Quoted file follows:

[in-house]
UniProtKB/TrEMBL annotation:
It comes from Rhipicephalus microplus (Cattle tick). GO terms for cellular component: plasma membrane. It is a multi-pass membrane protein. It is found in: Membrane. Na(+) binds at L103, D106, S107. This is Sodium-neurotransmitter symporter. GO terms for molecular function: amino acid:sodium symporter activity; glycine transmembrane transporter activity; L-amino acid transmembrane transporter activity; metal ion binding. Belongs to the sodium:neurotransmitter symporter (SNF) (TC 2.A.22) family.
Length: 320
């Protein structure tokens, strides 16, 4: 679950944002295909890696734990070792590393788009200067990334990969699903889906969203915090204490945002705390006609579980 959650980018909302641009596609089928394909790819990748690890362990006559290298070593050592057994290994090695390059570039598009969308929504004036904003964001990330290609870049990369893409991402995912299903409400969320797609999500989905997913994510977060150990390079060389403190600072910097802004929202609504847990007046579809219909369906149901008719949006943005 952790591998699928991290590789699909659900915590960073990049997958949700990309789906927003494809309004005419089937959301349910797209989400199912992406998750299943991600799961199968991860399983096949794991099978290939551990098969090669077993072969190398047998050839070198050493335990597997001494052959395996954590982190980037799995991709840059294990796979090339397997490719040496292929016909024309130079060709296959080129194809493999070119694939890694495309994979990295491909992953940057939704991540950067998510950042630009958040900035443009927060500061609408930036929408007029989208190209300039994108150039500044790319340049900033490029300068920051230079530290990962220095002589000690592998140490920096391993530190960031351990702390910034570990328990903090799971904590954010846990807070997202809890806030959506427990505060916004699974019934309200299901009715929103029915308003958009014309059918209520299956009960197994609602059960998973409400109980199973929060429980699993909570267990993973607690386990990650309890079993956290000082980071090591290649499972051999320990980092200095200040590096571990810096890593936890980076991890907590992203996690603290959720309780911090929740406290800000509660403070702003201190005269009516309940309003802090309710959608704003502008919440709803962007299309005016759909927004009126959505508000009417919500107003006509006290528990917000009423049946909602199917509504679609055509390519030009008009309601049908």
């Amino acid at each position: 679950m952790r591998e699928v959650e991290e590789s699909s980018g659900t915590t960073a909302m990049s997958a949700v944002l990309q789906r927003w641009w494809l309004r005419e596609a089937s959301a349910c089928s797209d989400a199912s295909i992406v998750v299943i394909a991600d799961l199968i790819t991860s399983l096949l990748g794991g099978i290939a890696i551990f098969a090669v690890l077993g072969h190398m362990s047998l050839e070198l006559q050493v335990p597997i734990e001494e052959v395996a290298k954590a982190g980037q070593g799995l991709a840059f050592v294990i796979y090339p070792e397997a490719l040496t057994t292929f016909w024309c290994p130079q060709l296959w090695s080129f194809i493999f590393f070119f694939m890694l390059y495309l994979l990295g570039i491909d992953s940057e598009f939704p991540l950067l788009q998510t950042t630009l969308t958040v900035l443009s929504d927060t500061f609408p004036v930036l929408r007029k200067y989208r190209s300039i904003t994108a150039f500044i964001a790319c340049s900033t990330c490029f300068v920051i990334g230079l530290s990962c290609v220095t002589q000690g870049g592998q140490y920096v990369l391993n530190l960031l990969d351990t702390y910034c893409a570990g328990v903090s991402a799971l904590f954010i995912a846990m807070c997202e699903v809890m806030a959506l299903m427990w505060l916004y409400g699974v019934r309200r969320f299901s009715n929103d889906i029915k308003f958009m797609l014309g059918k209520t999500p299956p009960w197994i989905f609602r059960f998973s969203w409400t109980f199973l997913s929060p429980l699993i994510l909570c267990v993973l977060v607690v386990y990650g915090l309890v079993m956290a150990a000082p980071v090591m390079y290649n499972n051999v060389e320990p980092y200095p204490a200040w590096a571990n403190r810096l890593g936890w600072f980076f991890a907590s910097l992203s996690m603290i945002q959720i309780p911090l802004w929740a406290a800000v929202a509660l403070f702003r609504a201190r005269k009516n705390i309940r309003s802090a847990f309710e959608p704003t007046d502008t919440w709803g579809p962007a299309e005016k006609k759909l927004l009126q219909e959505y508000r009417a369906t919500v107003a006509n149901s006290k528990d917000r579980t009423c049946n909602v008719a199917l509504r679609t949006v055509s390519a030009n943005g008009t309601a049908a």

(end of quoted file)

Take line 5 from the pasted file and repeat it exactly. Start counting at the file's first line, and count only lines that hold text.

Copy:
């Protein structure tokens, strides 16, 4: 679950944002295909890696734990070792590393788009200067990334990969699903889906969203915090204490945002705390006609579980 959650980018909302641009596609089928394909790819990748690890362990006559290298070593050592057994290994090695390059570039598009969308929504004036904003964001990330290609870049990369893409991402995912299903409400969320797609999500989905997913994510977060150990390079060389403190600072910097802004929202609504847990007046579809219909369906149901008719949006943005 952790591998699928991290590789699909659900915590960073990049997958949700990309789906927003494809309004005419089937959301349910797209989400199912992406998750299943991600799961199968991860399983096949794991099978290939551990098969090669077993072969190398047998050839070198050493335990597997001494052959395996954590982190980037799995991709840059294990796979090339397997490719040496292929016909024309130079060709296959080129194809493999070119694939890694495309994979990295491909992953940057939704991540950067998510950042630009958040900035443009927060500061609408930036929408007029989208190209300039994108150039500044790319340049900033490029300068920051230079530290990962220095002589000690592998140490920096391993530190960031351990702390910034570990328990903090799971904590954010846990807070997202809890806030959506427990505060916004699974019934309200299901009715929103029915308003958009014309059918209520299956009960197994609602059960998973409400109980199973929060429980699993909570267990993973607690386990990650309890079993956290000082980071090591290649499972051999320990980092200095200040590096571990810096890593936890980076991890907590992203996690603290959720309780911090929740406290800000509660403070702003201190005269009516309940309003802090309710959608704003502008919440709803962007299309005016759909927004009126959505508000009417919500107003006509006290528990917000009423049946909602199917509504679609055509390519030009008009309601049908």